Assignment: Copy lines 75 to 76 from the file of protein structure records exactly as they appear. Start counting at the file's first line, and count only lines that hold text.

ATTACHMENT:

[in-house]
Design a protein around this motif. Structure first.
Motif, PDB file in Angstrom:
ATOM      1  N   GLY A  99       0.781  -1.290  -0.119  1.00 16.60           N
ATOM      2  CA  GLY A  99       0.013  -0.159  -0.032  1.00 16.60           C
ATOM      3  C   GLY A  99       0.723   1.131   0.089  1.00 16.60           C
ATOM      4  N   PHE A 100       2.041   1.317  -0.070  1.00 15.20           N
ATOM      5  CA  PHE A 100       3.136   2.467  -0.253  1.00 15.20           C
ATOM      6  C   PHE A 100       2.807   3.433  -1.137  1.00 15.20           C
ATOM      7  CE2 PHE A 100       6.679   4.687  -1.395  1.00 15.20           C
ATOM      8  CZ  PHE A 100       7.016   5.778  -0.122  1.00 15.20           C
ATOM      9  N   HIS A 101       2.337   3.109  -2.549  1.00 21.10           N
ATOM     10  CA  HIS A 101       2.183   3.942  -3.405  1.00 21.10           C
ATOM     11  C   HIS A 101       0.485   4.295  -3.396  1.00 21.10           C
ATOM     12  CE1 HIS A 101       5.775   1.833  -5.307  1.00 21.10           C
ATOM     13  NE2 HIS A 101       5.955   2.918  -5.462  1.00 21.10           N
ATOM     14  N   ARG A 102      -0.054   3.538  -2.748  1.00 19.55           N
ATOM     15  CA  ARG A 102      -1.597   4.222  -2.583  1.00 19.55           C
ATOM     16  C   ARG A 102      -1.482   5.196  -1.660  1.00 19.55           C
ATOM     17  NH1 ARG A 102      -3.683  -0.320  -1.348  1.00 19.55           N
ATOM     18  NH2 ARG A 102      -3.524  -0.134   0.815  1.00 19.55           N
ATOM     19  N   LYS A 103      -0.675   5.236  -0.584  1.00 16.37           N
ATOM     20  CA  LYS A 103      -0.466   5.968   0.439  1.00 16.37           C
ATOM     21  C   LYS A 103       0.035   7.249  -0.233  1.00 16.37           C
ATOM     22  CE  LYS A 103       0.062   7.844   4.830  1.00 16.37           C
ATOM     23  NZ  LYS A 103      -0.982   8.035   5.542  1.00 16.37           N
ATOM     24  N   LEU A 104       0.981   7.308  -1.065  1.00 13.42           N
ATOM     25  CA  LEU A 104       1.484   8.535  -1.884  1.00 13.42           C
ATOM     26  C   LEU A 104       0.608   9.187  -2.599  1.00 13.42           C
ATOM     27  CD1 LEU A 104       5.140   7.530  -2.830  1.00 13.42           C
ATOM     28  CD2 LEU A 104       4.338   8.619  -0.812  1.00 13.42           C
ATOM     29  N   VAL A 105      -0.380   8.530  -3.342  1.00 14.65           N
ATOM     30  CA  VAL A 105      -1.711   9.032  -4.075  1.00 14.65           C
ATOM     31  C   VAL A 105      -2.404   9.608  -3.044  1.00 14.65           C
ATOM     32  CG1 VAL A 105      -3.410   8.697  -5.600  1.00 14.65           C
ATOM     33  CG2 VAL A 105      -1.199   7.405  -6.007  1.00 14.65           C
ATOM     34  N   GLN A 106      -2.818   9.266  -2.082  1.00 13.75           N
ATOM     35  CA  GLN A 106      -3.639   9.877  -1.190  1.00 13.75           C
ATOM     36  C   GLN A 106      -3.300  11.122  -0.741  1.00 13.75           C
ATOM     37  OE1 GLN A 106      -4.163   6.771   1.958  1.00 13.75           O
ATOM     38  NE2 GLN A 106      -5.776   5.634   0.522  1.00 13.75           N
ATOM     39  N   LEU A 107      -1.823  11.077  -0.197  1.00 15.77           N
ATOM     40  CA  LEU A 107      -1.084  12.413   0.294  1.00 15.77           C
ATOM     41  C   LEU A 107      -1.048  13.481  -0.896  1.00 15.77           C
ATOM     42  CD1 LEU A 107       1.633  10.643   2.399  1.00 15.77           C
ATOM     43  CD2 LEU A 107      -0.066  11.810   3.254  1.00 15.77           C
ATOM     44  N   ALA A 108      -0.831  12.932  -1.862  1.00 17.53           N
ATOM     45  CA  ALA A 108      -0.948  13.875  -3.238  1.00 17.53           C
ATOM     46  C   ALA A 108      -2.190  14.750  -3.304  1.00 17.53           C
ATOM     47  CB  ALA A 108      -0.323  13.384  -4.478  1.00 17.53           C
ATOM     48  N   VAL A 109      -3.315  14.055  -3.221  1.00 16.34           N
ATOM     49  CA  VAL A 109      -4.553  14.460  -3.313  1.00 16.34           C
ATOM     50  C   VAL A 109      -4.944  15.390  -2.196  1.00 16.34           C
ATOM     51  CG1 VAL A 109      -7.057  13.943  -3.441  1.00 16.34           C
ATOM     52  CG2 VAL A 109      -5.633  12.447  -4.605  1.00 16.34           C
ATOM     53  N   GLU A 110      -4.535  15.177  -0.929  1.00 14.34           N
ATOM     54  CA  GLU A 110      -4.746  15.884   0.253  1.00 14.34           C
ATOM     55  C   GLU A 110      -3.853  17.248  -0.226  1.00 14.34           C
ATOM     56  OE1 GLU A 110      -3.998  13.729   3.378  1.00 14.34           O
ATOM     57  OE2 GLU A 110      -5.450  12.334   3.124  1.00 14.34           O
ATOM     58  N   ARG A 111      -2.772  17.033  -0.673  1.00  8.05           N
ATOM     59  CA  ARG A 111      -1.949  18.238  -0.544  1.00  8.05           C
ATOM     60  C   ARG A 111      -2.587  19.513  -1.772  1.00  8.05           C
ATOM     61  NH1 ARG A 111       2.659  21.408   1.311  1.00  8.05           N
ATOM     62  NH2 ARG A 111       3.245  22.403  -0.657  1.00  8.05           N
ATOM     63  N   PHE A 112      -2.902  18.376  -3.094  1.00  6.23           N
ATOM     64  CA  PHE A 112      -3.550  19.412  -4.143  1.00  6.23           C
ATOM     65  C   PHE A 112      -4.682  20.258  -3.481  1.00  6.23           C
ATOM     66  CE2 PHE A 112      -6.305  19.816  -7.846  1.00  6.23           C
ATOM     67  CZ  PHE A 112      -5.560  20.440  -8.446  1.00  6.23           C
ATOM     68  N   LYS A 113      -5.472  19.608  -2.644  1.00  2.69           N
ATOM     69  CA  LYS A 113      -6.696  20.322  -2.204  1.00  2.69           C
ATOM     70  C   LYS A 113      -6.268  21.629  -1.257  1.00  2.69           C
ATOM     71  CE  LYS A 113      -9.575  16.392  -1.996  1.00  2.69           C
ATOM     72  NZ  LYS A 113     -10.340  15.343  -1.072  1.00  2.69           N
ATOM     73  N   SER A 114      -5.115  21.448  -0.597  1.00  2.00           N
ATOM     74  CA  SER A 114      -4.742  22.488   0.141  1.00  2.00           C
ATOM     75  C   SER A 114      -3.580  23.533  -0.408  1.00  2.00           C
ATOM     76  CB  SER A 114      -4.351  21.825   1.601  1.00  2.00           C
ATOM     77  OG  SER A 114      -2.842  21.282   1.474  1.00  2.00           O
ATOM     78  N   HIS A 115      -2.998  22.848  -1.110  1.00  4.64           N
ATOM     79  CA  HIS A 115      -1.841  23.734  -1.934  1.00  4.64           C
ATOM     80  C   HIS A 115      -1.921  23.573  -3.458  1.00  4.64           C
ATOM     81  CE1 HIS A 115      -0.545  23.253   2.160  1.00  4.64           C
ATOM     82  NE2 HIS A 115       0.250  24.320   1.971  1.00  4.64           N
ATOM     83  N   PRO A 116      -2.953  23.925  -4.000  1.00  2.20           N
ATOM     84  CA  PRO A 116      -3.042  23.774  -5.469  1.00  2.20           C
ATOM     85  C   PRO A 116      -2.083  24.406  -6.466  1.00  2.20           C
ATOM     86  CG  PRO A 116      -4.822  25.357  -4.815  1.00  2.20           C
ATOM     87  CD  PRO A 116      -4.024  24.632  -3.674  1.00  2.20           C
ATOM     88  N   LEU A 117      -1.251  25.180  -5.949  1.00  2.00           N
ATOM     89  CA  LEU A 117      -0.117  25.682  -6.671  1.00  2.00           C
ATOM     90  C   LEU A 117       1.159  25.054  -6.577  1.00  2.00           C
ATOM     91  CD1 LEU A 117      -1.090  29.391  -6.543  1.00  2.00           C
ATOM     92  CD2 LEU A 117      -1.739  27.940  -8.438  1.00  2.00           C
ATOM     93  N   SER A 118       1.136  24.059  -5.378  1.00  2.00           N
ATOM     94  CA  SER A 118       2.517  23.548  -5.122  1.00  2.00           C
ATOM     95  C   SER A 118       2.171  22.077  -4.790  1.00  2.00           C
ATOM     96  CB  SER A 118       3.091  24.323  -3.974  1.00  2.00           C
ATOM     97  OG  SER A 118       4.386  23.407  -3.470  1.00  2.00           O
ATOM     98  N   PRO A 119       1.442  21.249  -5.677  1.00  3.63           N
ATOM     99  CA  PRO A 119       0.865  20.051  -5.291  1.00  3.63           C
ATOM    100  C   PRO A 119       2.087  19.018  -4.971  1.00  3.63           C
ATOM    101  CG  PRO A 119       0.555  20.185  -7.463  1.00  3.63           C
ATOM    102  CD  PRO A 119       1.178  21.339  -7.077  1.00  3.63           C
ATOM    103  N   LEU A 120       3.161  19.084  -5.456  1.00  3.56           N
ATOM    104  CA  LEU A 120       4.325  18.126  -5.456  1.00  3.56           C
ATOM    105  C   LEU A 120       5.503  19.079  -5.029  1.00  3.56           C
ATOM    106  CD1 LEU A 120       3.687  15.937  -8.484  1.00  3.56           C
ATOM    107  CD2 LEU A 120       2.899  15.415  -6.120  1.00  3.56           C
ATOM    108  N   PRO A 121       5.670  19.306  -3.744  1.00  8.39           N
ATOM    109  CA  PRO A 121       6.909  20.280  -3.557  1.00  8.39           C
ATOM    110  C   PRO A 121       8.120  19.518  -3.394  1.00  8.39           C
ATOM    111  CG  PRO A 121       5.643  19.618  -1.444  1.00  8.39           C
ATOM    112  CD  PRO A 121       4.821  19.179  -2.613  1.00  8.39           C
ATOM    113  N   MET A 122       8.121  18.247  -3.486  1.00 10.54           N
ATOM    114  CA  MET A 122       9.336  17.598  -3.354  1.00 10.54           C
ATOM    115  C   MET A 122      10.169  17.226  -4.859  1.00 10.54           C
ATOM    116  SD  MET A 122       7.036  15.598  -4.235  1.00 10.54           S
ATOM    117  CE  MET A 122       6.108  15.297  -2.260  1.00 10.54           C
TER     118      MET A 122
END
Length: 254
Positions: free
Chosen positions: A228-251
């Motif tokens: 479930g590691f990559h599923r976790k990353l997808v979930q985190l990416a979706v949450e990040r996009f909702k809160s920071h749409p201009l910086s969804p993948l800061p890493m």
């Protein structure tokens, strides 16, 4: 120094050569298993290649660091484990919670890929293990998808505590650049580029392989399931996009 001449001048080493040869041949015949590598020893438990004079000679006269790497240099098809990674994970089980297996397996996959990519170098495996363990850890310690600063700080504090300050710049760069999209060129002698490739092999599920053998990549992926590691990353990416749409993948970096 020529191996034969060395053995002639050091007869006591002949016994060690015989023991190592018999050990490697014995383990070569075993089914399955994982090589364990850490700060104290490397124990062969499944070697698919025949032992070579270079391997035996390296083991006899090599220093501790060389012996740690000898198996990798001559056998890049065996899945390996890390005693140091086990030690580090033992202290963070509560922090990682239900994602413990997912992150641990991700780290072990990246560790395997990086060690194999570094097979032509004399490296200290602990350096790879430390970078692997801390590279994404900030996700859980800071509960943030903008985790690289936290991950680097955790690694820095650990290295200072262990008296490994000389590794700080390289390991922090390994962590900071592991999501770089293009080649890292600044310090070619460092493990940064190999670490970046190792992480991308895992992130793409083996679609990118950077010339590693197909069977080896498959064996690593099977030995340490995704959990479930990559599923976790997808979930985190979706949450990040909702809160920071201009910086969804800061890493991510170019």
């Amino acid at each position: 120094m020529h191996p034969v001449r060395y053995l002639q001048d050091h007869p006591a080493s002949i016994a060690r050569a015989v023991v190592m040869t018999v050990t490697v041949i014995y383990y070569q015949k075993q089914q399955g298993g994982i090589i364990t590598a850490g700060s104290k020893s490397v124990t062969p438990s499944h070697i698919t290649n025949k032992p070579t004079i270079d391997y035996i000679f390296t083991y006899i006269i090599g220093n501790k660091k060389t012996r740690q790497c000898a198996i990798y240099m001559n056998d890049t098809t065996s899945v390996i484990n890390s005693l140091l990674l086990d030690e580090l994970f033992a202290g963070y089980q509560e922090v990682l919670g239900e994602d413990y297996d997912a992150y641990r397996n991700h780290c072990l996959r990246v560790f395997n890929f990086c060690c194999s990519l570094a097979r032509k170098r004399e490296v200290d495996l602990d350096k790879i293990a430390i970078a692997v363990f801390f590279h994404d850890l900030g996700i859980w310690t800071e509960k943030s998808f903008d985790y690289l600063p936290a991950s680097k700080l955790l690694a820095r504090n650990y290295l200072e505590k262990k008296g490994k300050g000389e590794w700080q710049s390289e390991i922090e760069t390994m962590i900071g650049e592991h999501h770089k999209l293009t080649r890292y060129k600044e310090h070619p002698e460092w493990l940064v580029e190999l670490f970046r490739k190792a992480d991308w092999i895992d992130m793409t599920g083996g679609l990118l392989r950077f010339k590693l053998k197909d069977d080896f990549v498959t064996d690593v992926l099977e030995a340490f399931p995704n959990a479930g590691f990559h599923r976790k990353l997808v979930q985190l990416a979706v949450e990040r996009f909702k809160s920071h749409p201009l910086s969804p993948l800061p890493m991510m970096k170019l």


ATOM     72  NZ  LYS A 113     -10.340  15.343  -1.072  1.00  2.69           N
ATOM     73  N   SER A 114      -5.115  21.448  -0.597  1.00  2.00           N